Previous to our marriage, Noel and I had roommates complain about our excessive tossing and turning and as newlyweds we’d often joke that mysterious bumps and bruises were casualties of sleeping in the same bed. These days we sleep like the dead, but when it sounds like an all-out brawl has commenced in our kids’ bedrooms, we repeatedly find ourselves wild-eyed and out of breath facing the calm exhalations of their dreams and not the intruder we expected. With us as their parents though, should it really come as any surprise? We’re a family of thrashers.
The kids have been like this from the beginning. While pregnant, I’d often wake up in the middle of the night to the strange sensation of someone doing somersaults in my belly. When they were babies, I would often bring them into bed hoping at least one of us could get some rest (and at that point I would have slept nude in the front yard if it would have made a difference), but they’d just kick me in the ribs, poke me in the eye, or scream in my face. Sleep just wasn’t in the cards no matter what configuration our pillows took.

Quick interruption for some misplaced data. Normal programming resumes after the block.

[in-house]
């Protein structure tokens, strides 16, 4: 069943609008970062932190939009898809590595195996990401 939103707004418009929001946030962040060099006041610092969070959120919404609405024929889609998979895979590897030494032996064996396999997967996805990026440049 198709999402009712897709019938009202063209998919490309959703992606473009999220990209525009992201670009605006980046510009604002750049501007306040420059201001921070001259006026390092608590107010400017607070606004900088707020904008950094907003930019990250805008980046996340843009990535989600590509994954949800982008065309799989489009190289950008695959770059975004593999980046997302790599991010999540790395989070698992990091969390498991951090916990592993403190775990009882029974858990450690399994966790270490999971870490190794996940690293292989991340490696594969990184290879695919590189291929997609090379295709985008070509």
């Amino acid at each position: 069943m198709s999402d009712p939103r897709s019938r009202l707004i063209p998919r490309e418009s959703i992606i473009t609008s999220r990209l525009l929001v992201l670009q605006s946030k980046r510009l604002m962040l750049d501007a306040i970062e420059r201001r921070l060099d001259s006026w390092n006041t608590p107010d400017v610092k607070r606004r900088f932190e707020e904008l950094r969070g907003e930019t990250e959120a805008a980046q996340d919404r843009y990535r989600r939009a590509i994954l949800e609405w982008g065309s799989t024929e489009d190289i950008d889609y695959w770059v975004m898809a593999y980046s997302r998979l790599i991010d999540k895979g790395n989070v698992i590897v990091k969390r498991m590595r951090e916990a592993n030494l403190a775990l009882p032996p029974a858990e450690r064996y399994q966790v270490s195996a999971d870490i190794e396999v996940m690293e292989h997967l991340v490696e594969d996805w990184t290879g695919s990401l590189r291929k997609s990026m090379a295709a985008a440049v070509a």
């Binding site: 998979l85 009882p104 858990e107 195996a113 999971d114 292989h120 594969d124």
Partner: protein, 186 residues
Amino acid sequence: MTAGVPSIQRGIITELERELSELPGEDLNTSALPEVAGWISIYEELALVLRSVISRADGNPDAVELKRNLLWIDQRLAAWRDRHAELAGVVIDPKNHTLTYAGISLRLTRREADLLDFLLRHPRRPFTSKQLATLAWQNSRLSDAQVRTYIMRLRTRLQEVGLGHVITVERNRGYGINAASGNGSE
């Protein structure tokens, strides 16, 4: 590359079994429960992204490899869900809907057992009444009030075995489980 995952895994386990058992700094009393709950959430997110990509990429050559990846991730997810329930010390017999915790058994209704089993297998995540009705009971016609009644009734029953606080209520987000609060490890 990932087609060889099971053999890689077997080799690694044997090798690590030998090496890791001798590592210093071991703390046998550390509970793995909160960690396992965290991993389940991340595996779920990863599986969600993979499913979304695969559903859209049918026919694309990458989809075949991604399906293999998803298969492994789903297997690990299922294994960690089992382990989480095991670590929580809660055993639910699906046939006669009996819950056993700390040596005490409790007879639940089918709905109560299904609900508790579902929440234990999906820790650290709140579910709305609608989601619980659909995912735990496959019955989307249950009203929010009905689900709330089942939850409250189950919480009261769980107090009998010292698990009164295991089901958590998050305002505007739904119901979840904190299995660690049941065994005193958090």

Sleep is much improved from the baby days, but when the pitter-patter of little feet makes it’s way across my bedroom floor in the twilight hours, I cringe and pretend I can’t feel the eyeballs that are locked on me like a target. But they never go away, so I always relent and pull a little person into bed with me. It’s sweet for about the first 10 seconds when I wrap my arms around them and nuzzle my nose into their soft hair, but the tender moment rapidly dematerializes as I turn into a human punching bag. Even if it’s 5:30am we’ve learned by now that trying to sleep is futile so we surrender our pillows and start the day. The child (or children on particularly fabulous mornings) snuggles under our covers delighted to have the big bed all to themselves, which I think was their devious plan all along.